7. sschullo

    2018 was suboptimal.

    Pushing this up in case some people missed this. What is your 2018 return, and how is your portfolio balanced between stocks and bonds?
  8. sschullo

    2018 was suboptimal.

    30/70 2018 -1.97%. Worse showing and first loss since 2008. Interestingly, all of the volatility and negative returns occurred in Q4. But my portfolio is doing what its designed--follow the markets. At the bottom of this post are the returns from all of the major benchmarks both foreign and domestic. In the international stock markets, only Brazil and India were positive in 2018. What in the world happened to the world economies? The international sector has not kept up with the domestic stock markets in recent years. But take a look at my international bond index, up at 2.97%! And my total bond market index was supposed to a shellacking because of increasing interest rates, but it only lost -.05%. That's minuscule. Most of the public would pay an astronomical $20,000 for a fee-only financial adviser with an AUM fee of 1.0%, plus the costs of the investments. And $20,000 fee is conservative. For those who want to know what their financial adviser is doing ask them two questions (and DON'T get distracted by some hyperactive financial advisers): 1. What is my return for 2018? my portfolio return -1.97%. 2. What are my costs, your costs and the costs of each investment? My cost is 6.4 basis points (each bsp is one hundred of 1.0%. 10 basis points is equivalent to .10%, or 90 basis points is equivalent to .90% cost). Dollar figure: $1,024.00 for a seven-figure portfolio. This low cost allowed me to do the things I love to do in retirement, give to worthy causes (cancer research) and needy relatives, travel, concerts, dance lessons (individual lessons are not cheap), maintain and write my blog, give away my two books about finances and my 20 year experience with the hideous 403(b) system, and earn an Associate Producer role supporting a documentary about the financial independence movement, Playing with FIRE. Below I created tables and the data from my portfolio which is straight from Morningstar.com. Below are data for the major asset classes and the foreign countries' returns.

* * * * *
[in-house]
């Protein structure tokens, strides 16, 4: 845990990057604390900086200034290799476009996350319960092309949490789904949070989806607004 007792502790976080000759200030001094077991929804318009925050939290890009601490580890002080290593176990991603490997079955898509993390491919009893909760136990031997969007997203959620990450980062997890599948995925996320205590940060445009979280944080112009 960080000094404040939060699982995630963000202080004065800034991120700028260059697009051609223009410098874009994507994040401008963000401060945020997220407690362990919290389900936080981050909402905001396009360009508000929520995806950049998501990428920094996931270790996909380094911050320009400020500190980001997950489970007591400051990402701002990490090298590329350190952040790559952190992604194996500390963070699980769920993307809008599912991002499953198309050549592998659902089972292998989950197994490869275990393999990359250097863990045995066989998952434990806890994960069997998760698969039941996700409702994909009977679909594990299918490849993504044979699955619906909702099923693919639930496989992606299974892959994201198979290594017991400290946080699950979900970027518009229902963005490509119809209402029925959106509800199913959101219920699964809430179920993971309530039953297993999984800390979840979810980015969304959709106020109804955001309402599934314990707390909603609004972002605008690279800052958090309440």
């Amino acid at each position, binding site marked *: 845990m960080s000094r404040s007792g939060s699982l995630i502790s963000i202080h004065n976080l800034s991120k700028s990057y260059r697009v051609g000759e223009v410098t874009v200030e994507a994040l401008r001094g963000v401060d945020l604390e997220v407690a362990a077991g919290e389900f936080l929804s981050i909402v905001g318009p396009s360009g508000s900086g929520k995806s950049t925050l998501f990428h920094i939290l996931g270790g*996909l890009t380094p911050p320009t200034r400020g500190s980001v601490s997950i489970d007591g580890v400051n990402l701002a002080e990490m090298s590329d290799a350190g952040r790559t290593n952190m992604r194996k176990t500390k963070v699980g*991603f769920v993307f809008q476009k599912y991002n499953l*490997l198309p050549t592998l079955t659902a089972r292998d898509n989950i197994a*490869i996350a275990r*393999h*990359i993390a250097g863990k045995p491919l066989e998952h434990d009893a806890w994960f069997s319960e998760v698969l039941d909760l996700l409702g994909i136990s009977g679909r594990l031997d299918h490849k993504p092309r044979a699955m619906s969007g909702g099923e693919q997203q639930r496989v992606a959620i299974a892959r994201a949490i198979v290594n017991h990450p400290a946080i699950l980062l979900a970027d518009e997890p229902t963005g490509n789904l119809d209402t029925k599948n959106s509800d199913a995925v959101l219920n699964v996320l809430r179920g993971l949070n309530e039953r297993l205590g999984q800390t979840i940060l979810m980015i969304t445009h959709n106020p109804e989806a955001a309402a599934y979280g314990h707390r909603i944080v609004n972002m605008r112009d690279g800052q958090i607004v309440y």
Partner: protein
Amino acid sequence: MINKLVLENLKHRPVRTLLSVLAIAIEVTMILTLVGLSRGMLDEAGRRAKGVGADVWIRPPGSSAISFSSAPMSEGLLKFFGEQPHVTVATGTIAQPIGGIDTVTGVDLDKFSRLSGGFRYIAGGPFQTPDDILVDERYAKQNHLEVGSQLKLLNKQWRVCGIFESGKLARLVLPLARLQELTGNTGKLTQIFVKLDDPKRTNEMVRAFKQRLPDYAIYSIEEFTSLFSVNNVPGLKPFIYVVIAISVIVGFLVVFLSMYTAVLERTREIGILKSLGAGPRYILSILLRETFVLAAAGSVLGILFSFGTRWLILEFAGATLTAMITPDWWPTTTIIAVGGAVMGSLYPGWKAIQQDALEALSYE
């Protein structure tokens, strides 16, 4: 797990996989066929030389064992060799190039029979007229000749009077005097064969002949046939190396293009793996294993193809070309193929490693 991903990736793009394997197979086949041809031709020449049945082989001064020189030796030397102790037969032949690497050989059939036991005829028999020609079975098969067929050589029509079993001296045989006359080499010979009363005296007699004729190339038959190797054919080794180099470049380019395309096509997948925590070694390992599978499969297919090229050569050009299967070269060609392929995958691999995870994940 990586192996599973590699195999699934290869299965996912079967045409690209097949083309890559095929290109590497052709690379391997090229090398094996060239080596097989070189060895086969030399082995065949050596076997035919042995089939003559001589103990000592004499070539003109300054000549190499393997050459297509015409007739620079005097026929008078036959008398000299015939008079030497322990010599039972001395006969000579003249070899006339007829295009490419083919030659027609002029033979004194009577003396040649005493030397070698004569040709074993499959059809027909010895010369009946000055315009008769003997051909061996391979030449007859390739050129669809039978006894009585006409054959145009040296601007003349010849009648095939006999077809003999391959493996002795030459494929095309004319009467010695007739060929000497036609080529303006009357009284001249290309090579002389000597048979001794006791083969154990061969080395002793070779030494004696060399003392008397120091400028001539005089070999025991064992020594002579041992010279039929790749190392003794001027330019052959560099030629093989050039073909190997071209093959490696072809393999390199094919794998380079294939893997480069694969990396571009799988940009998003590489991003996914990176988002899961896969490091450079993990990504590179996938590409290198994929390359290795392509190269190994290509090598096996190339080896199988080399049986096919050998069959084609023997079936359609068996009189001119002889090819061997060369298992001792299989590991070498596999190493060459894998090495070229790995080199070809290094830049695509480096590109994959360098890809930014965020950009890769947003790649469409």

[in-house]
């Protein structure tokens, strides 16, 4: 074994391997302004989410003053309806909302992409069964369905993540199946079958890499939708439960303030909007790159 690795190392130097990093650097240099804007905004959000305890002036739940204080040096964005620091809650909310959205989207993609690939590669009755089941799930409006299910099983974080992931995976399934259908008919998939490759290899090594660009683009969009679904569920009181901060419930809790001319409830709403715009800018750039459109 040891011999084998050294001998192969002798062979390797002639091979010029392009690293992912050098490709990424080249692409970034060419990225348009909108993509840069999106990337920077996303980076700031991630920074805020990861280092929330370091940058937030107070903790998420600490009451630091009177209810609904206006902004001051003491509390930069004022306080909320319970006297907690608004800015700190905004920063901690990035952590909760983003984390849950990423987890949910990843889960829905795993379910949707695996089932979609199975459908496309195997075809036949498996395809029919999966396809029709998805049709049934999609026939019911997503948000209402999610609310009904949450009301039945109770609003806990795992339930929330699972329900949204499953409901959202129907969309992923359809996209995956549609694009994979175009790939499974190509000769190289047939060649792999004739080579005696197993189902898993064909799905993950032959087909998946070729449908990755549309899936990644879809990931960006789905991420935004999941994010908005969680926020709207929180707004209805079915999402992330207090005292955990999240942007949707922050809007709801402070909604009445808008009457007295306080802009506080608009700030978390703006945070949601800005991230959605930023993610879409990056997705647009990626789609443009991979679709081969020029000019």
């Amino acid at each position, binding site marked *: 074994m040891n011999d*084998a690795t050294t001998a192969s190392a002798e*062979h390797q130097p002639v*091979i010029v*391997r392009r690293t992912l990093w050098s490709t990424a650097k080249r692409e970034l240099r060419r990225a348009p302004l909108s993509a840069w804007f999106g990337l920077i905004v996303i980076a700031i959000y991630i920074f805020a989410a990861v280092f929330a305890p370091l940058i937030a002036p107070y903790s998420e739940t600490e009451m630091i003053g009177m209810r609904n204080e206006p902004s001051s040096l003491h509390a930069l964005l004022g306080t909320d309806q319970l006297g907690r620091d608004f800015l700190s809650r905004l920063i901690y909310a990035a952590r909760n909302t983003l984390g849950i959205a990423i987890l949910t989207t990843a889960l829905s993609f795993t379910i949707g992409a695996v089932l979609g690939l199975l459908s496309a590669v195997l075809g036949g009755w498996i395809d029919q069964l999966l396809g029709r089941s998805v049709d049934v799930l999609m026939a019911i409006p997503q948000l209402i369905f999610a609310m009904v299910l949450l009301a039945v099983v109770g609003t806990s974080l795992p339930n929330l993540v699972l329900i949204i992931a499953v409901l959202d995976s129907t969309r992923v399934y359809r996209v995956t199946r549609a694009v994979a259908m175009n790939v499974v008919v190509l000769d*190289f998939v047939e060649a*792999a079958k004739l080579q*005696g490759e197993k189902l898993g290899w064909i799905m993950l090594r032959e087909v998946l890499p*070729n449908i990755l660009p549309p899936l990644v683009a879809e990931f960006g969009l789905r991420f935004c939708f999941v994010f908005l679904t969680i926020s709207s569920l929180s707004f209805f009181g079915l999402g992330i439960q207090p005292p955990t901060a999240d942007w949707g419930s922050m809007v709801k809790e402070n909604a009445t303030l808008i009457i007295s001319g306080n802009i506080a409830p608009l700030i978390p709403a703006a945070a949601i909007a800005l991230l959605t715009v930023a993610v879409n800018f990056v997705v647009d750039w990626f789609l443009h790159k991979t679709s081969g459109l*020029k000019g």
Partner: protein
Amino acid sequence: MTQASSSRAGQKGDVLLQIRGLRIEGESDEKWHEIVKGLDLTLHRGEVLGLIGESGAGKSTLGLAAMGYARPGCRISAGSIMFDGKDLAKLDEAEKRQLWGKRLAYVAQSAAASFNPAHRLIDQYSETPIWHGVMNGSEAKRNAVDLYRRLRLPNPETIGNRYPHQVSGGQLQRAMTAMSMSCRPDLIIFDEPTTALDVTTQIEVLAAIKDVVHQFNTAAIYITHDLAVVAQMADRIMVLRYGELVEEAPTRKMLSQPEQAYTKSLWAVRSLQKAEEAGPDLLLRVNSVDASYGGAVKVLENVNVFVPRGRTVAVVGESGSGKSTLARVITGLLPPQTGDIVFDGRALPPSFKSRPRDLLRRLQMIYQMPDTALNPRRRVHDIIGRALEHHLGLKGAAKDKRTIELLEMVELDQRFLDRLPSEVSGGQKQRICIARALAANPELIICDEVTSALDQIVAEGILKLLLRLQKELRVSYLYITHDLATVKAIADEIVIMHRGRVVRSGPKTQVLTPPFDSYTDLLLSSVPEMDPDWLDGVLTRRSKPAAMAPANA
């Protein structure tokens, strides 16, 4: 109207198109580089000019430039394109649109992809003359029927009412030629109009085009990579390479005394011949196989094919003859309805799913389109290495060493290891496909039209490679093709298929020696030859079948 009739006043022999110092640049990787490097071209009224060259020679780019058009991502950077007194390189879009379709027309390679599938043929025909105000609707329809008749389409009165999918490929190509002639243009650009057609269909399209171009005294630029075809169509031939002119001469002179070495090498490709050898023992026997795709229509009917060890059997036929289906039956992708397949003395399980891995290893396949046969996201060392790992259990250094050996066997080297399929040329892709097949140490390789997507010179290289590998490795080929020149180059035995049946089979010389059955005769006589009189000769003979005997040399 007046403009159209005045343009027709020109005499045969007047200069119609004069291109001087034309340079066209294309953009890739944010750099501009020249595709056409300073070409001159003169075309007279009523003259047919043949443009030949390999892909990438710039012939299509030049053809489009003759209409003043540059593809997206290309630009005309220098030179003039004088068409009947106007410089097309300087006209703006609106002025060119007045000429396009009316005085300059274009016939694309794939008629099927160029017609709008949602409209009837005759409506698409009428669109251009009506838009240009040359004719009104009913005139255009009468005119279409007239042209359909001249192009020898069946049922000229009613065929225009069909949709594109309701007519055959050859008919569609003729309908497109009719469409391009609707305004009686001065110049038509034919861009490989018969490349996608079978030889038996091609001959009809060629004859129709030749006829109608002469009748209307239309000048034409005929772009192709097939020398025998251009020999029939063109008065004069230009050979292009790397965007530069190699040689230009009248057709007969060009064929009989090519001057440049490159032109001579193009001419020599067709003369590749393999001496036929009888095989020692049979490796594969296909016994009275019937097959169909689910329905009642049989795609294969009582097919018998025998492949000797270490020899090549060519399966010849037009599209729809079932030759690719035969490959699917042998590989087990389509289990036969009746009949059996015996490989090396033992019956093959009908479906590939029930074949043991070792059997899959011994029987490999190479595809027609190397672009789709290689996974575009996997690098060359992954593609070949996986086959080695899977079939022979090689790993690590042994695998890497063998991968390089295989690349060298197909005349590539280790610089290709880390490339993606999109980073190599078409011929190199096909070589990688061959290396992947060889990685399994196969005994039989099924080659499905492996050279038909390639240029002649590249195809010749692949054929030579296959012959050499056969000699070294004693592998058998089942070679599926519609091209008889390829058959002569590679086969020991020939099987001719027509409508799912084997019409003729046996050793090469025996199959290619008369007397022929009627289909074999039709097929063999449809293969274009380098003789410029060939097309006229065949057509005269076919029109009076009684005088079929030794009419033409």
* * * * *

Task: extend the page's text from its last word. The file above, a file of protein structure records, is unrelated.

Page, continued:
9. When I first read this 20 years ago, I laughed. Every 403(b) investor liked low-cost mutual funds a lot... But the Grinch, Who served as benefits director, Did NOT! But it isn't funny anymore.
  10. This guy is complaining about his deflated ego because he has no competition, work stimulation and comradery, ETC., because of FIRE, WELL GO BACK TO WORK! He is not ready. FIRE experience is not for wimps. One has to be ready to be flexible, independent, experiential, and courageous. Fighting the borrow and spend culture and letting go of the work status and recognition is difficult for some.
  11. sschullo

    Vanguard lowering er on target date funds

    Great news once again from the one and only Vanguard.
  12. I read this book a long time ago. I thought the last chapters of this book when they talk to their 3 children about money was good: https://www.amazon.com/Average-Familys-Guide-Financial-Freedom/dp/0471416274/ref=cm_cr_arp_d_product_top?ie=UTF8 The book is 20 years old now but it is inspiring as these folks cover a lot of ground. They were able to save $450,000 over 8 years making $65,000 a year with 3 children and one was disabled.
  13. sschullo

    Potential crash?

    We have all planned for growth and downturns. Stick with your plan no matter what.
  14. Hi krow36 Couldn't find the thread where you asked me about Mr. Simon's terrific articles. Here they are: https://www.morningstar.com/articles/902822/scott-simon-article-archive.html Steve
  15. sschullo

    Fire Savers Race To Retirement

    They are hoping for a January or February release.